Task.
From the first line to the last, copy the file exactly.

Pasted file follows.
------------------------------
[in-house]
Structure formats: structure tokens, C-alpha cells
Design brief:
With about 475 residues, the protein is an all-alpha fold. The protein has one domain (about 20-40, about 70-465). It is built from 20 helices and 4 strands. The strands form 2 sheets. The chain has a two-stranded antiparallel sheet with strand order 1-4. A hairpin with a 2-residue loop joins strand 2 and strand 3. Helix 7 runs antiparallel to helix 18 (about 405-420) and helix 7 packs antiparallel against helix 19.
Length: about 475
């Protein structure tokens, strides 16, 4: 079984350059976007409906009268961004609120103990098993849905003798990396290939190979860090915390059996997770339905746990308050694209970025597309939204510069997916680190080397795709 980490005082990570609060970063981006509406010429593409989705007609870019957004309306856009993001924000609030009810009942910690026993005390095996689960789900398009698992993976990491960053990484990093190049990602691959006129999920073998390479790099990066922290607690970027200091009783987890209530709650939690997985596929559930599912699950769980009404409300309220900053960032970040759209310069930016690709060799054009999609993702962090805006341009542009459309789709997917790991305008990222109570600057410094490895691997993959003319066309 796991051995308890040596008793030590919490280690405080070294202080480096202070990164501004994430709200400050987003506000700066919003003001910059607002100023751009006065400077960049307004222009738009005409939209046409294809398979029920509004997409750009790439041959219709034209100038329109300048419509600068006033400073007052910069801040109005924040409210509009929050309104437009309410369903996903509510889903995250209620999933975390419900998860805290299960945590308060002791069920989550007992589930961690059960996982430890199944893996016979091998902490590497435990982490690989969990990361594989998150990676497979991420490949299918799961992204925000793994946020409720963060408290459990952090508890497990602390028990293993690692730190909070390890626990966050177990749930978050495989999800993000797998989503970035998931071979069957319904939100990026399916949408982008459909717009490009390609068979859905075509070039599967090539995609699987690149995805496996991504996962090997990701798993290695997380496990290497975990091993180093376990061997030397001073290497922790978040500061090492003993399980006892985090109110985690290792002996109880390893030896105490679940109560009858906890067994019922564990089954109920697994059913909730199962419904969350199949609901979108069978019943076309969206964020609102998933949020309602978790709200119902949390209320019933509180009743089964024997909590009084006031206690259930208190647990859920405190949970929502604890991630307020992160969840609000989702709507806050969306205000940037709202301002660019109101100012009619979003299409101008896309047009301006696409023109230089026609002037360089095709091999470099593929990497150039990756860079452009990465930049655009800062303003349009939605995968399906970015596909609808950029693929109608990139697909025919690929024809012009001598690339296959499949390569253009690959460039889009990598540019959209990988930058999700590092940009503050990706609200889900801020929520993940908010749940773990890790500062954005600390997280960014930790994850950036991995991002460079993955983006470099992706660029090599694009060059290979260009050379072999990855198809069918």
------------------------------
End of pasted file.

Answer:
[in-house]
Structure formats: structure tokens, C-alpha cells
Design brief:
With about 475 residues, the protein is an all-alpha fold. The protein has one domain (about 20-40, about 70-465). It is built from 20 helices and 4 strands. The strands form 2 sheets. The chain has a two-stranded antiparallel sheet with strand order 1-4. A hairpin with a 2-residue loop joins strand 2 and strand 3. Helix 7 runs antiparallel to helix 18 (about 405-420) and helix 7 packs antiparallel against helix 19.
Length: about 475
């Protein structure tokens, strides 16, 4: 079984350059976007409906009268961004609120103990098993849905003798990396290939190979860090915390059996997770339905746990308050694209970025597309939204510069997916680190080397795709 980490005082990570609060970063981006509406010429593409989705007609870019957004309306856009993001924000609030009810009942910690026993005390095996689960789900398009698992993976990491960053990484990093190049990602691959006129999920073998390479790099990066922290607690970027200091009783987890209530709650939690997985596929559930599912699950769980009404409300309220900053960032970040759209310069930016690709060799054009999609993702962090805006341009542009459309789709997917790991305008990222109570600057410094490895691997993959003319066309 796991051995308890040596008793030590919490280690405080070294202080480096202070990164501004994430709200400050987003506000700066919003003001910059607002100023751009006065400077960049307004222009738009005409939209046409294809398979029920509004997409750009790439041959219709034209100038329109300048419509600068006033400073007052910069801040109005924040409210509009929050309104437009309410369903996903509510889903995250209620999933975390419900998860805290299960945590308060002791069920989550007992589930961690059960996982430890199944893996016979091998902490590497435990982490690989969990990361594989998150990676497979991420490949299918799961992204925000793994946020409720963060408290459990952090508890497990602390028990293993690692730190909070390890626990966050177990749930978050495989999800993000797998989503970035998931071979069957319904939100990026399916949408982008459909717009490009390609068979859905075509070039599967090539995609699987690149995805496996991504996962090997990701798993290695997380496990290497975990091993180093376990061997030397001073290497922790978040500061090492003993399980006892985090109110985690290792002996109880390893030896105490679940109560009858906890067994019922564990089954109920697994059913909730199962419904969350199949609901979108069978019943076309969206964020609102998933949020309602978790709200119902949390209320019933509180009743089964024997909590009084006031206690259930208190647990859920405190949970929502604890991630307020992160969840609000989702709507806050969306205000940037709202301002660019109101100012009619979003299409101008896309047009301006696409023109230089026609002037360089095709091999470099593929990497150039990756860079452009990465930049655009800062303003349009939605995968399906970015596909609808950029693929109608990139697909025919690929024809012009001598690339296959499949390569253009690959460039889009990598540019959209990988930058999700590092940009503050990706609200889900801020929520993940908010749940773990890790500062954005600390997280960014930790994850950036991995991002460079993955983006470099992706660029090599694009060059290979260009050379072999990855198809069918």